In our last post, we began to explore the fascinating distinctions between being a “leader” and being a “manager.” Today we are going to continue the conversation and then look at 2 more critical distinctions.
4. Managers use authority to get what they want; leaders, on the other hand, use charisma.
It’s easy to use the powers of the office to compel results from people. After all, no one wants to get fired, and forceful methods like money and praise can be powerful short-term motivators.
Charisma, though, is for those who play the long game.
It’s a subtler but ultimately more powerful art in terms of enlisting motivation, support and passion. Charisma means going beyond the numbers and widgets of the business and appealing to people’s dreams and aspirations for themselves and for the world.
5. Managers see themselves as functionaries of an institution over which they have only limited control; leaders see themselves as fonts of independence, even when they cannot control everything.
Whether you consider yourself a leader or manager, you will come into battle with only limited resources, limited people, limited money and limited time. It’s simply an imperfect world. But the way you perceive those limits – and the way such constraints motivate your actions – can be dramatically different.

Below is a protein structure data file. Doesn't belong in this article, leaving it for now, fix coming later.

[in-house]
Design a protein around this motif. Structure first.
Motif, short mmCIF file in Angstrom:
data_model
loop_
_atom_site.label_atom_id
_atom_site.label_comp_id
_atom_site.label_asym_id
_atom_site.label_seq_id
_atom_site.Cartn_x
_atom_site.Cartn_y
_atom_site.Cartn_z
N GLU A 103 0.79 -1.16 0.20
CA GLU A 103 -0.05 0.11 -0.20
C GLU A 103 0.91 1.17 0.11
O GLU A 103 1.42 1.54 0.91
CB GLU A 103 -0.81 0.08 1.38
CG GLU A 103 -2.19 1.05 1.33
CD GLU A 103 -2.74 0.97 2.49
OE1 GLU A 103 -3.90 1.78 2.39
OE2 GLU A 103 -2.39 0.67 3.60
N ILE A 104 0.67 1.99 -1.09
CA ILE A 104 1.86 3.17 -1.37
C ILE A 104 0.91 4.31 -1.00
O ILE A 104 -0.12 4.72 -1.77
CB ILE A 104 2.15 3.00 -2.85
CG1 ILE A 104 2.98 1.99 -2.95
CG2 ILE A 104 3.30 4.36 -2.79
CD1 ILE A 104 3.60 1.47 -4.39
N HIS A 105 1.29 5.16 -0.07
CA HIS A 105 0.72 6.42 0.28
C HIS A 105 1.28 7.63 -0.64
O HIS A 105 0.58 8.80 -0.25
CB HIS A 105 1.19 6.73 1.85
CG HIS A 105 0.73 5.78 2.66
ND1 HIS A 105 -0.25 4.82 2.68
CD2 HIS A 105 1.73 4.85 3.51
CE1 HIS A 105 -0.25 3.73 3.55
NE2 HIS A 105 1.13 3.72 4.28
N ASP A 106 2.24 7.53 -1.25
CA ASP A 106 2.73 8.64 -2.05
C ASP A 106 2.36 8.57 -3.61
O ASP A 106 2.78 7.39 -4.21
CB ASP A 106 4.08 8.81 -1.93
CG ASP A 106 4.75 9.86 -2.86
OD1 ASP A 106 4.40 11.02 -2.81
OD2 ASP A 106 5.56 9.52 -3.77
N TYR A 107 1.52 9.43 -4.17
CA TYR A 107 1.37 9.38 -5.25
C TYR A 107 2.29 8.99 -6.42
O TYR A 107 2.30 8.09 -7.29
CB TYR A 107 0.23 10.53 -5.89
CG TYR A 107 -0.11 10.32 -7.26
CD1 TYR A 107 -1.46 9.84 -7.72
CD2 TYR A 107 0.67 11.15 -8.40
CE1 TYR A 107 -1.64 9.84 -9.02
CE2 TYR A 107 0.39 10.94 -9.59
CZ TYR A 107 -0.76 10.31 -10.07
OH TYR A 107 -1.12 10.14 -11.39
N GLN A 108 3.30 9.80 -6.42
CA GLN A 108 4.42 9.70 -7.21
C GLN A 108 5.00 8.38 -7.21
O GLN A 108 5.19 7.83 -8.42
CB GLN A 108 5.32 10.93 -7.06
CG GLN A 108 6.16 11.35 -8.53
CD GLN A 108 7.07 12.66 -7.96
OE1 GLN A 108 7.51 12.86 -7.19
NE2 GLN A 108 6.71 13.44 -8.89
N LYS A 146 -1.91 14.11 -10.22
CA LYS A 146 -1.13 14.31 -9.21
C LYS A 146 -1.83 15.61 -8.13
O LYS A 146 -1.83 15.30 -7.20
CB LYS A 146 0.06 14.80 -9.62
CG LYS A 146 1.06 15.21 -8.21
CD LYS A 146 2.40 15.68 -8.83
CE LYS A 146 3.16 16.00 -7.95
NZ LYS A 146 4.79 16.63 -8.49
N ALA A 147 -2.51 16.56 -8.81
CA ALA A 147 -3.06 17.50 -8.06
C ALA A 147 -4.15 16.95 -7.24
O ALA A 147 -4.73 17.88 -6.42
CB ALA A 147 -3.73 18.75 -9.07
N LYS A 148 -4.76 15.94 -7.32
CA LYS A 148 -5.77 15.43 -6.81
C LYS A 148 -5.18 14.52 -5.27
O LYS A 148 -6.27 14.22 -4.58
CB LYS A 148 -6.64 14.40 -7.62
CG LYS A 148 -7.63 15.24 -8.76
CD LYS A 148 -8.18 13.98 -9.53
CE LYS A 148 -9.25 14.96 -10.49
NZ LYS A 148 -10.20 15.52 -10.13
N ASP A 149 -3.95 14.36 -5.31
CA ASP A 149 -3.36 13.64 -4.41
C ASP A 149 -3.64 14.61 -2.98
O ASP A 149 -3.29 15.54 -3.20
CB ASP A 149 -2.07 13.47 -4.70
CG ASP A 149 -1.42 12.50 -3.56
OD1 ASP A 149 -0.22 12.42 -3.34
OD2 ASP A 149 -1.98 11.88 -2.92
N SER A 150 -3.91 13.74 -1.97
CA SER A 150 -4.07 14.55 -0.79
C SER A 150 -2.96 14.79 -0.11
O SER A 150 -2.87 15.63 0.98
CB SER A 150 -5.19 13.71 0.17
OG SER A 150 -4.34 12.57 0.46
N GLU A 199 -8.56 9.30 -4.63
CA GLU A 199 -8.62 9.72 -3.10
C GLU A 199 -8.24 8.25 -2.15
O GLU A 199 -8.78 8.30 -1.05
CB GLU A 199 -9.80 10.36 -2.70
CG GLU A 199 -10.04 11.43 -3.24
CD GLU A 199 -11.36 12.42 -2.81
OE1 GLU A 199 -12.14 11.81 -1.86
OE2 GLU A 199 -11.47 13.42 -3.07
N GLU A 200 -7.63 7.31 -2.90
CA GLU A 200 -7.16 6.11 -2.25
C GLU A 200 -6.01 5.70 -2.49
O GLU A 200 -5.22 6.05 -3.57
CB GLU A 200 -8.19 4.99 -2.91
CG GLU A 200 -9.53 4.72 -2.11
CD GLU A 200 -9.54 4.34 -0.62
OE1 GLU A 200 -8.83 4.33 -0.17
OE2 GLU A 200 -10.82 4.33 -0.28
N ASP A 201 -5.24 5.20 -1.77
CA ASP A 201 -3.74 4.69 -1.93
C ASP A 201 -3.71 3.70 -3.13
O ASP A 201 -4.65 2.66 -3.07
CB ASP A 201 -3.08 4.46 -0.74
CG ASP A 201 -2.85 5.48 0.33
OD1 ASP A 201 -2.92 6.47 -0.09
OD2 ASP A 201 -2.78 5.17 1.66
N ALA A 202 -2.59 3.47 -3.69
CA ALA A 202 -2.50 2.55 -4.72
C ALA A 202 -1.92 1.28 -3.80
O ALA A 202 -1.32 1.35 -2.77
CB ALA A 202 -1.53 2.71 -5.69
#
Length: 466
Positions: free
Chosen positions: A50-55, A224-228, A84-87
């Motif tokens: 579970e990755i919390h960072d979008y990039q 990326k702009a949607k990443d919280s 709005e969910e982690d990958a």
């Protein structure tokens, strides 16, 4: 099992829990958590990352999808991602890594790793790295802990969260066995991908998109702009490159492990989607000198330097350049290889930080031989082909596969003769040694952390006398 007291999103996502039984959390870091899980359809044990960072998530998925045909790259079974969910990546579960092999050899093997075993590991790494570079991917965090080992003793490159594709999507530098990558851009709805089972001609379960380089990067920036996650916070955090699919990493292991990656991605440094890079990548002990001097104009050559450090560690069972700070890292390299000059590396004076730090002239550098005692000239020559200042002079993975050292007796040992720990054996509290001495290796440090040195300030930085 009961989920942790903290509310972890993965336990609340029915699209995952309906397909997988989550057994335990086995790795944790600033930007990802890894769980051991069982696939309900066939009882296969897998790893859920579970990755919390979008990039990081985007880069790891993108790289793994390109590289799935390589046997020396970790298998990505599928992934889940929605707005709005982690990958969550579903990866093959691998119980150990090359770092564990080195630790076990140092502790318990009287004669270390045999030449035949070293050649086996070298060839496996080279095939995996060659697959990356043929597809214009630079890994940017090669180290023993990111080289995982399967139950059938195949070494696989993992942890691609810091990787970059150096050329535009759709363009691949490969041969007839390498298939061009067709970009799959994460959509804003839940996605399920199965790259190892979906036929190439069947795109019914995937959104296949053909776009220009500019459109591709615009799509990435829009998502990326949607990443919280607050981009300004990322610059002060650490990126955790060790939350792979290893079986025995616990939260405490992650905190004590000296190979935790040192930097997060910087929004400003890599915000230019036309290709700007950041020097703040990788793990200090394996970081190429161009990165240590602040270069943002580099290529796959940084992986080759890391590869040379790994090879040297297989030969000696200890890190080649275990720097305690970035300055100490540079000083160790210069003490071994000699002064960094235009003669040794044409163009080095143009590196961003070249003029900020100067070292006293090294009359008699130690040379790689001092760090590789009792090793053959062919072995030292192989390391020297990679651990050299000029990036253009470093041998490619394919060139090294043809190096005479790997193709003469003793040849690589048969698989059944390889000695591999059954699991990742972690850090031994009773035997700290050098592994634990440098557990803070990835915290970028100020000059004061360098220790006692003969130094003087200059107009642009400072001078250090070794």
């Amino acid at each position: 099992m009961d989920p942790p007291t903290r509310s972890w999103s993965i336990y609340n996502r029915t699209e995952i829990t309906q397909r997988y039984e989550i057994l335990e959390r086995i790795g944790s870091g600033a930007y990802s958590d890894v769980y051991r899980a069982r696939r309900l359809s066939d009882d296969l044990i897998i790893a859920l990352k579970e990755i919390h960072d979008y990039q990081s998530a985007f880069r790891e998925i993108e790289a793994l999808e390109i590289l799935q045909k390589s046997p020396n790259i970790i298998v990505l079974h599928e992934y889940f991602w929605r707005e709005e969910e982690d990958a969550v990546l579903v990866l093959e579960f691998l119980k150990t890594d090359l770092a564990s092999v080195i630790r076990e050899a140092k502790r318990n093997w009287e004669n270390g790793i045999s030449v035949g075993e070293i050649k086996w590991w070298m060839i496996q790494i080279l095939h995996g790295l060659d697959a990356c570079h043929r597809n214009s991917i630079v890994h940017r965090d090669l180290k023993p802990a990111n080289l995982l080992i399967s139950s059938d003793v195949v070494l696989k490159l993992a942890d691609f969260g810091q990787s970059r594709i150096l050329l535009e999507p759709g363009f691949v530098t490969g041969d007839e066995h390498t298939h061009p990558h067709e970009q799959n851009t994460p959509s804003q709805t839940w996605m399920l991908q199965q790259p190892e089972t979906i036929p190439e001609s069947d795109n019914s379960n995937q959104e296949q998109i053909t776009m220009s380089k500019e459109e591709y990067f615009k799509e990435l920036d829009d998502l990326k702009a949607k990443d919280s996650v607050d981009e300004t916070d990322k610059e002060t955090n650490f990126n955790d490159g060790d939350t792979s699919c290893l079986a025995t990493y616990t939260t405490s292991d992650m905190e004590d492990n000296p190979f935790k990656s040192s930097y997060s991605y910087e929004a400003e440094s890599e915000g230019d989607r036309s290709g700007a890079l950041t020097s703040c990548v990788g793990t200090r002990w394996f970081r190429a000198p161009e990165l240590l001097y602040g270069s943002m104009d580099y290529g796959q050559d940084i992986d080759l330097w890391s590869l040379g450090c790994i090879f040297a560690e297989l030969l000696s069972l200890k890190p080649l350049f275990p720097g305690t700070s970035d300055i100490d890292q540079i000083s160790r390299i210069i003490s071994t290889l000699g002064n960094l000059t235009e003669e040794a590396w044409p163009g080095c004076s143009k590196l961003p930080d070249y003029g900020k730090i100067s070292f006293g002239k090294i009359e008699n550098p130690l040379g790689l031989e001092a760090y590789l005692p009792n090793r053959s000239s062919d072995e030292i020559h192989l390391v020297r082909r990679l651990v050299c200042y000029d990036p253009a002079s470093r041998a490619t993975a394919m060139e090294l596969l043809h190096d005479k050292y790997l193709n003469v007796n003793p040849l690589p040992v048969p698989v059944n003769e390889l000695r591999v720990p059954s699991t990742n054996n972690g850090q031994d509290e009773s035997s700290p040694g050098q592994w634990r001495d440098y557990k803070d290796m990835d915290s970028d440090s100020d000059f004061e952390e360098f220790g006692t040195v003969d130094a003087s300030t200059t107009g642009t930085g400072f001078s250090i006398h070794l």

For instance, a manager might look at a quarterly sales goal and worry about what will happen if the team doesn’t achieve that number. This philosophy of governing comes from a scarcity mentality.
A leader, on the other hand, might see the sales goal as a challenge – a test of her passion to coordinate her people. She also might be more inclined to see that sales number in a grander perspective – as a stepping stone in a larger mission to improve the companies results and contribute to its grander vision of truly making a difference within its targeted arena.
Such subtle changes in outlook percolate down and have big ramifications for the happiness, wellbeing, and internal motivation of team members.
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